Identification and validation of reference genes for quantitative RT-PCR normalization in wheat.

Paolacci AR, Tanzarella OA, Porceddu E, Ciaffi M - BMC Mol. Biol. (2009)

Expression level of 32 candidate reference genes in 24 tissues, developmental stages and seedlings exposed to high and low temperatures. The expression levels (Ct values) of each candidate reference gene (UniGene cluster) are shown as average (diagonal cross), median (horizontal lines), 25th to 75th percentile (boxes) and expression ranges (whiskers) for the 24 cDNA pools analysed. The line at Ct 22.31, corresponding to the general mean, discriminates the reference genes with high and low expression.
© Copyright Policy - open-access
Related In: Results  -  Collection

License
Show All Figures
getmorefigures.php?uid=PMC2667184&req=5

Figure 3: Expression level of 32 candidate reference genes in 24 tissues, developmental stages and seedlings exposed to high and low temperatures. The expression levels (Ct values) of each candidate reference gene (UniGene cluster) are shown as average (diagonal cross), median (horizontal lines), 25th to 75th percentile (boxes) and expression ranges (whiskers) for the 24 cDNA pools analysed. The line at Ct 22.31, corresponding to the general mean, discriminates the reference genes with high and low expression.
Mentions: In order to avoid possible errors due to the interaction of co-regulated genes, further analyses were carried out on 32 genes involved in distinct biological processes and metabolic pathways; they comprised 28 genes selected on the basis of their uniform expression detected in UniGene and TIGR and a single gene for each of the four gene families. The expression levels could be grouped into two arbitrary categories: 19 highly expressed genes, whose mean Ct values were below the general mean (Ct = 22.31 cycles) and 13 lowly expressed genes, with mean Ct values above this value (Fig. 3). The highest expression was shown by Ta38797 (Histone), Ta53919 (S-adenosylmethionine decarboxylase), Ta50503 (Ubiquitin) and Ta54825 (Actin), with mean Ct values between 20 and 21 cycles, the lowest by Ta25534 (α-tubulin), Ta2776 (RNase L inhibitor-like protein), Ta54448 and Ta54733 (Proteins of unknown function), and Ta44405 (β-tubulin), with mean Ct values between 26 and 24 cycles (Fig. 3). On the basis of the number of EST sequences included in each Unigene cluster, the 19 reference genes with low Ct values had been previously classified either as highly expressed (9 genes with more than 800 EST) and moderately expressed (10 genes with more than 300 EST). Of the 13 reference genes with low Ct values, only three including more than 300 ESTs (Ta54963, Ta54447 and 54948) were considered moderately expressed in UniGene, whereas the expression level of the remaining 10 genes was low (<300/>100 ESTs) or very low (<100 ESTs). In our opinion, these data indicate a substantial agreement between the gene expression levels evaluated by qRT-PCR analyses and those estimated by the number of ESTs included in each corresponding UniGene cluster. Ta54963 (GABA-receptor associated protein), Ta54238 (Ubiquitin-conjugating enzyme), Ta35497 (Cyclophilin), Ta53967 (Vacuolar ATP synthase 16 kDa proteolipid subunit) exhibited the lowest gene expression variation (less than 3 cycles), while Ta44405 (β-tubulin), Ta38797 (Histone) and Ta1698 (NADP-isocitrate dehydrogenase) showed the most variable expression (more than 5 cycles).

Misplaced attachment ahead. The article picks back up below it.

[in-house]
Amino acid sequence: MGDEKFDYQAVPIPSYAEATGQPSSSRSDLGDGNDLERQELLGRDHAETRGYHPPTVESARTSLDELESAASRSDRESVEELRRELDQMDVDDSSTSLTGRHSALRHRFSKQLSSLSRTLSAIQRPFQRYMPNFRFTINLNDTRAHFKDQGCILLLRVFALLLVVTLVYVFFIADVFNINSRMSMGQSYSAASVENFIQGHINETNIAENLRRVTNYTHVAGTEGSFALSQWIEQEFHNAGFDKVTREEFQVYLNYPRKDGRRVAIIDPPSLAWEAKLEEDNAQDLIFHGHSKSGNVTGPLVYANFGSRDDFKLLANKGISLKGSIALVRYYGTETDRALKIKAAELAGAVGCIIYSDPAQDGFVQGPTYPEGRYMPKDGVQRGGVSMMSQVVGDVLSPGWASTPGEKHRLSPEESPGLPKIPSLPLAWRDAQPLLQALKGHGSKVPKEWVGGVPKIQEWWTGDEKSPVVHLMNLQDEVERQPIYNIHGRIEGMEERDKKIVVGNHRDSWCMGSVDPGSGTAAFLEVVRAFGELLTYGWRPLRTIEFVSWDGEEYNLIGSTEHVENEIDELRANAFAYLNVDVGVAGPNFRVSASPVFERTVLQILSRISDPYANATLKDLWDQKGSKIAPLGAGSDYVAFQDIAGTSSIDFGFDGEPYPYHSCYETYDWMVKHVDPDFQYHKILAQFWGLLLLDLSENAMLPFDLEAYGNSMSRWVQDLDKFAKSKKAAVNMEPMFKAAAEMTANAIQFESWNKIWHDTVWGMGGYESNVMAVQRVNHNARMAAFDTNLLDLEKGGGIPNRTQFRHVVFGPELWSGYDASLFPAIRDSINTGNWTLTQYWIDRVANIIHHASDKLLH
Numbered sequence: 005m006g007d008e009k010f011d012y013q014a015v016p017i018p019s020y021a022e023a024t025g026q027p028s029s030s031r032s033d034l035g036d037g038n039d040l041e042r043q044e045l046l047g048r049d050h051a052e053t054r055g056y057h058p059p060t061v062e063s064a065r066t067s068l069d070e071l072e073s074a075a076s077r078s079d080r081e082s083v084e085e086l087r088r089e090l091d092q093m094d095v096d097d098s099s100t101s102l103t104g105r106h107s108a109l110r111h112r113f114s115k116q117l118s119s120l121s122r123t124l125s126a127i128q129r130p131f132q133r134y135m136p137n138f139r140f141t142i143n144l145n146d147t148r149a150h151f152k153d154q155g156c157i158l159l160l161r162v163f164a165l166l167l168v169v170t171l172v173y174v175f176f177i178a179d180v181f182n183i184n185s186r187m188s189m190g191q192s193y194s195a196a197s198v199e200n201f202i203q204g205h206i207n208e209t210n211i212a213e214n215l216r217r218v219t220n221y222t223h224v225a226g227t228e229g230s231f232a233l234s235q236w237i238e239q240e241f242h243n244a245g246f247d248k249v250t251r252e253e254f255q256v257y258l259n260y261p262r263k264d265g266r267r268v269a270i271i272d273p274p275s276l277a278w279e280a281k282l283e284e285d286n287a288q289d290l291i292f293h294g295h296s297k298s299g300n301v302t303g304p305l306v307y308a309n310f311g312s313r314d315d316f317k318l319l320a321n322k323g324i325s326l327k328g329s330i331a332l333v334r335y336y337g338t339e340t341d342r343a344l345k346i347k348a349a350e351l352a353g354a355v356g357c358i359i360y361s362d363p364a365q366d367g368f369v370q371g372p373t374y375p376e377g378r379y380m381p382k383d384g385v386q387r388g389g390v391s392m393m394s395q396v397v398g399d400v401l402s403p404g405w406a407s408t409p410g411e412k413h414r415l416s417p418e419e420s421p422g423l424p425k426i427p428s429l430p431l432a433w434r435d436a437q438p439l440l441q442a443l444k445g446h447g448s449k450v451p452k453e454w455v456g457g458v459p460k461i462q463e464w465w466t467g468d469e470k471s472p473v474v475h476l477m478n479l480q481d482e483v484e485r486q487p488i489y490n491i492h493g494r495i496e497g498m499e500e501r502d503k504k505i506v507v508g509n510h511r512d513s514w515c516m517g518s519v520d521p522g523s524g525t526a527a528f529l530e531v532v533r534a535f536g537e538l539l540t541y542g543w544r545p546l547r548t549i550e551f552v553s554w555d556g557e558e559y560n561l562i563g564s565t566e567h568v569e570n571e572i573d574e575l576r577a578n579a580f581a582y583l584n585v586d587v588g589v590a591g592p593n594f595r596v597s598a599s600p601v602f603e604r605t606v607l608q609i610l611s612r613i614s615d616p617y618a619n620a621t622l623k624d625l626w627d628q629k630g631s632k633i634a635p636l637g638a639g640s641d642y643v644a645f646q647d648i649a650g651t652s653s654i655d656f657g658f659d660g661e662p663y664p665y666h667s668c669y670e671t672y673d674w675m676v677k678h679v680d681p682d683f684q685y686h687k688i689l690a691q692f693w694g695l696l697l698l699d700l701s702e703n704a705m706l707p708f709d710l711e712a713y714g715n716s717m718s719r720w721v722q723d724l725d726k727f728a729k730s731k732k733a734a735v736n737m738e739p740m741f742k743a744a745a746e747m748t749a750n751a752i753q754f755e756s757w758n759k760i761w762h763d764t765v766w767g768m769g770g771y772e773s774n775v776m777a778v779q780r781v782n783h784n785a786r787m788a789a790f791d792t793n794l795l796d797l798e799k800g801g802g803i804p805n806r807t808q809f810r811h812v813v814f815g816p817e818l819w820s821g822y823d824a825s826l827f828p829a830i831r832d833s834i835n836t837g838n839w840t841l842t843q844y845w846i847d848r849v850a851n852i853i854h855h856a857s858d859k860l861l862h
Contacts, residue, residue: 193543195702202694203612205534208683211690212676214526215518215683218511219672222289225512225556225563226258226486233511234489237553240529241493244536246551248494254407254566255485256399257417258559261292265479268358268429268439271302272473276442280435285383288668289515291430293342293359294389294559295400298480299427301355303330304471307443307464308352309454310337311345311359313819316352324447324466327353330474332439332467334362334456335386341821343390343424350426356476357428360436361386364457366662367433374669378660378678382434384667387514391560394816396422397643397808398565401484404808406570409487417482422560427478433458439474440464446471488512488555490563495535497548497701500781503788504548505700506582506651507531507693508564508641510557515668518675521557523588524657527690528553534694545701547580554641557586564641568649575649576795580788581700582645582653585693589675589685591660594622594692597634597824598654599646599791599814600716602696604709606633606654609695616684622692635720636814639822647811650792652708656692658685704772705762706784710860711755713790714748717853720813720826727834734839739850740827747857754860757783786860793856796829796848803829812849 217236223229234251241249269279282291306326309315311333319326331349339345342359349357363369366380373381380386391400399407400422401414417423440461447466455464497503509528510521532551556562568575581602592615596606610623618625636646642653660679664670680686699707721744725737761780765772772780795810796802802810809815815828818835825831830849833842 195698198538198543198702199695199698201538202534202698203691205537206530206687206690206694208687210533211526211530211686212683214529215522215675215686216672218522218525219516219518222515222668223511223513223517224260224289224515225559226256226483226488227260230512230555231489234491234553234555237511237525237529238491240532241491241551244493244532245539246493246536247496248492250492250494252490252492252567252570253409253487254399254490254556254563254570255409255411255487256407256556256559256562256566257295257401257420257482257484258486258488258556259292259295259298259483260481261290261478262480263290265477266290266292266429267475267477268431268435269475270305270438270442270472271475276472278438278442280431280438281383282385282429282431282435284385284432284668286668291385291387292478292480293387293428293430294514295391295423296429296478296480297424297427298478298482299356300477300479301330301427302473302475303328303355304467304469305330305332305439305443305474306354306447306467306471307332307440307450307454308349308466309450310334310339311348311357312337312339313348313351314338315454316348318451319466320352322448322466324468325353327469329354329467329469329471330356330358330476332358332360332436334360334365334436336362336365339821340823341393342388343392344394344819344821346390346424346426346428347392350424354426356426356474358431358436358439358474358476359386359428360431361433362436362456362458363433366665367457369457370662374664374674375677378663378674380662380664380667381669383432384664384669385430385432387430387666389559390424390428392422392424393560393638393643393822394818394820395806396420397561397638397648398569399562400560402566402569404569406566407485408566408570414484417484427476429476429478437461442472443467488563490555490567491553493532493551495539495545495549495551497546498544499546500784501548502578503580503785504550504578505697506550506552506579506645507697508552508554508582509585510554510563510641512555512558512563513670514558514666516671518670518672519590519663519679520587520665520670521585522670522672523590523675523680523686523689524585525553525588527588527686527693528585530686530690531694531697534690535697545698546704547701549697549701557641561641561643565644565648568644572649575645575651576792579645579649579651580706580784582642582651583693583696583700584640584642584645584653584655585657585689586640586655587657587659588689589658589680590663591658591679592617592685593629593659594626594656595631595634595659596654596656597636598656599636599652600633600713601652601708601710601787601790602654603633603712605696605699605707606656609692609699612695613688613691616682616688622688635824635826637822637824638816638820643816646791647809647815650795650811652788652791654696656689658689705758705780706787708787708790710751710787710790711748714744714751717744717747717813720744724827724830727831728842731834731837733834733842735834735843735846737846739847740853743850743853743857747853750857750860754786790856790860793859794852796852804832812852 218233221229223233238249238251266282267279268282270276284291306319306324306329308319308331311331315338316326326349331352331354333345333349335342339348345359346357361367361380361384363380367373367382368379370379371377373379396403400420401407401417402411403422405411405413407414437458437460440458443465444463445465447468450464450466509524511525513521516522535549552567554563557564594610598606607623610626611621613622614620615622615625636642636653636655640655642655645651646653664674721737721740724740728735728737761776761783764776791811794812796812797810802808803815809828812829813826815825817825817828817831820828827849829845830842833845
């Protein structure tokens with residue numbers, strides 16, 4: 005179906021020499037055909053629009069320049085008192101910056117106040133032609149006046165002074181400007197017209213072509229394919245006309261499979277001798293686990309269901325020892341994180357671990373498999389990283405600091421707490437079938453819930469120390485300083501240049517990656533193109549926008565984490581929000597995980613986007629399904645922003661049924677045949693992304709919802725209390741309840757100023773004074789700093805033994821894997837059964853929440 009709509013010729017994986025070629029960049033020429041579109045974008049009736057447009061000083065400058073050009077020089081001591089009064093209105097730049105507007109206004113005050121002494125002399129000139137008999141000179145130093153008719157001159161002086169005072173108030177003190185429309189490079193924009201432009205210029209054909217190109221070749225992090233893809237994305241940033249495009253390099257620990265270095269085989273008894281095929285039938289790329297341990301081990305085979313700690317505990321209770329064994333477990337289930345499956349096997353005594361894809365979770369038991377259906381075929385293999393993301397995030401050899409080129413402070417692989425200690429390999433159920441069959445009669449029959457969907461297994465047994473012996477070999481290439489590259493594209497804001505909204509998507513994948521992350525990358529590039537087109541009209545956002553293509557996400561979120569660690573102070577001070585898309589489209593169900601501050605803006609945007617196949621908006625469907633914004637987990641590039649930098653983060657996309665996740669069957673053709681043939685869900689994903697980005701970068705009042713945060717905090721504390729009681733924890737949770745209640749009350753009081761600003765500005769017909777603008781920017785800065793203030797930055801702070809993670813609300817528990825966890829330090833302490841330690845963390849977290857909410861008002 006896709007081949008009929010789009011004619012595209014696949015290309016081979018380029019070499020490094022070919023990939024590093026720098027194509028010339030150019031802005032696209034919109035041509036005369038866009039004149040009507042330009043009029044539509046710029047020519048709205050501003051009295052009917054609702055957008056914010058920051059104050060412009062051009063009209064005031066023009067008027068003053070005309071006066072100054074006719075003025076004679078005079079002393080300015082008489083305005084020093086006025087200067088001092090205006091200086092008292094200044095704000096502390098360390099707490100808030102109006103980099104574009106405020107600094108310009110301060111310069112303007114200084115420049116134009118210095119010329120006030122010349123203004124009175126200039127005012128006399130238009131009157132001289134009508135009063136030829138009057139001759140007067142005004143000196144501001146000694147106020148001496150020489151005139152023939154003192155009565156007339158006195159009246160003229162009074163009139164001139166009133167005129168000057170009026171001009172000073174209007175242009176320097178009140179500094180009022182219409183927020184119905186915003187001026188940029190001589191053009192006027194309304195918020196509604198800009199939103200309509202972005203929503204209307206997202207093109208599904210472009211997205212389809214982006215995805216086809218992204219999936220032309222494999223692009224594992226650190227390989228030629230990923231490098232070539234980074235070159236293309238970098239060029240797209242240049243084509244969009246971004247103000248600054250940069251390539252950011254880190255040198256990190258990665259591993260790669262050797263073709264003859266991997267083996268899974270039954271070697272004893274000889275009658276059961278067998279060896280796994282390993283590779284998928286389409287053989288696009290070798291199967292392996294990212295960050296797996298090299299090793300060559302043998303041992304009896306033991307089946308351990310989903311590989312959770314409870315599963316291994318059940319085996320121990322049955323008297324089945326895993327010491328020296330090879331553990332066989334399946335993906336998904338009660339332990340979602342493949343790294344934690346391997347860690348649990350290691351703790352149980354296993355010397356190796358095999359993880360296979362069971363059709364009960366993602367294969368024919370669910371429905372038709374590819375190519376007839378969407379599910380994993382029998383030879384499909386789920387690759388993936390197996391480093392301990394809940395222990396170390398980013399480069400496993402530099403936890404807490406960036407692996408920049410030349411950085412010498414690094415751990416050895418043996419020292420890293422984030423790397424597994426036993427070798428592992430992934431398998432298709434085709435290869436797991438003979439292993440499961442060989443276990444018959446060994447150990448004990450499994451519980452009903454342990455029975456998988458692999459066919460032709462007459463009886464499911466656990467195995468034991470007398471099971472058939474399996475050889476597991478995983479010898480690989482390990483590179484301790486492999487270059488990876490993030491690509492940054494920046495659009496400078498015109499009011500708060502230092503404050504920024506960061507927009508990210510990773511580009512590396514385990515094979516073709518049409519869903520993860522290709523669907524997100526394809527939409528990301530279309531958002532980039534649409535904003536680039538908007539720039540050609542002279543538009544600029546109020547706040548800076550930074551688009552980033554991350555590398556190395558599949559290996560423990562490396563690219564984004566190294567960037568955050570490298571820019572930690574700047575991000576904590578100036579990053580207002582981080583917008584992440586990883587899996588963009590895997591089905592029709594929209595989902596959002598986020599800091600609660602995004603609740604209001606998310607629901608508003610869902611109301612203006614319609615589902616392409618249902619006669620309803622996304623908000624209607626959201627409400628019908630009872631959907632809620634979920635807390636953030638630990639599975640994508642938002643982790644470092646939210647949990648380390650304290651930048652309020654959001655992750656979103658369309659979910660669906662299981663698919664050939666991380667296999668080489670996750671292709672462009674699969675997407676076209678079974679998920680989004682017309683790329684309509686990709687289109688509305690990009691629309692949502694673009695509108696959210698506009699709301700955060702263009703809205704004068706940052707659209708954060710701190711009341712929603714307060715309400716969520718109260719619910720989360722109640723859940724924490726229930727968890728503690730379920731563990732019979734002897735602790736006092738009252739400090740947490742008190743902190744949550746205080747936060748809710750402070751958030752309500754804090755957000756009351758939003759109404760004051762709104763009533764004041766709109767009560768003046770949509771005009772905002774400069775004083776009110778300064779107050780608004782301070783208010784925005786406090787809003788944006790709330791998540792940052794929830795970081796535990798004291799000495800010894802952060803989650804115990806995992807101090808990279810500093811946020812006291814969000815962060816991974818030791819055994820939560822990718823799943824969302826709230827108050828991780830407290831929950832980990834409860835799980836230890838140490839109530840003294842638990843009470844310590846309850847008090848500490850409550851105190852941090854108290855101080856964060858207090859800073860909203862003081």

Bottom Line: Usually the reference genes used in gene expression analysis have been chosen for their known or suspected housekeeping roles, however the variation observed in most of them hinders their effective use.Three new identified reference genes appear more effective than the well-known and frequently used HKGs to normalize gene expression in wheat.The new reference genes will enable more accurate normalization and quantification of gene expression in wheat and will be helpful for designing primer pairs targeting orthologous genes in other plant species.

View Article: PubMed Central - HTML - PubMed

Affiliation: Dipartimento di Agrobiologia ed Agrochimica, Università della Tuscia, Via S. Camillo de Lellis, 01100 Viterbo, Italy. Annarita0711@libero.it

ABSTRACT

Background: Usually the reference genes used in gene expression analysis have been chosen for their known or suspected housekeeping roles, however the variation observed in most of them hinders their effective use. The assessed lack of validated reference genes emphasizes the importance of a systematic study for their identification. For selecting candidate reference genes we have developed a simple in silico method based on the data publicly available in the wheat databases Unigene and TIGR.

Results: The expression stability of 32 genes was assessed by qRT-PCR using a set of cDNAs from 24 different plant samples, which included different tissues, developmental stages and temperature stresses. The selected sequences included 12 well-known HKGs representing different functional classes and 20 genes novel with reference to the normalization issue. The expression stability of the 32 candidate genes was tested by the computer programs geNorm and NormFinder using five different data-sets. Some discrepancies were detected in the ranking of the candidate reference genes, but there was substantial agreement between the groups of genes with the most and least stable expression. Three new identified reference genes appear more effective than the well-known and frequently used HKGs to normalize gene expression in wheat. Finally, the expression study of a gene encoding a PDI-like protein showed that its correct evaluation relies on the adoption of suitable normalization genes and can be negatively affected by the use of traditional HKGs with unstable expression, such as actin and alpha-tubulin.

Conclusion: The present research represents the first wide screening aimed to the identification of reference genes and of the corresponding primer pairs specifically designed for gene expression studies in wheat, in particular for qRT-PCR analyses. Several of the new identified reference genes outperformed the traditional HKGs in terms of expression stability under all the tested conditions. The new reference genes will enable more accurate normalization and quantification of gene expression in wheat and will be helpful for designing primer pairs targeting orthologous genes in other plant species.

Show MeSH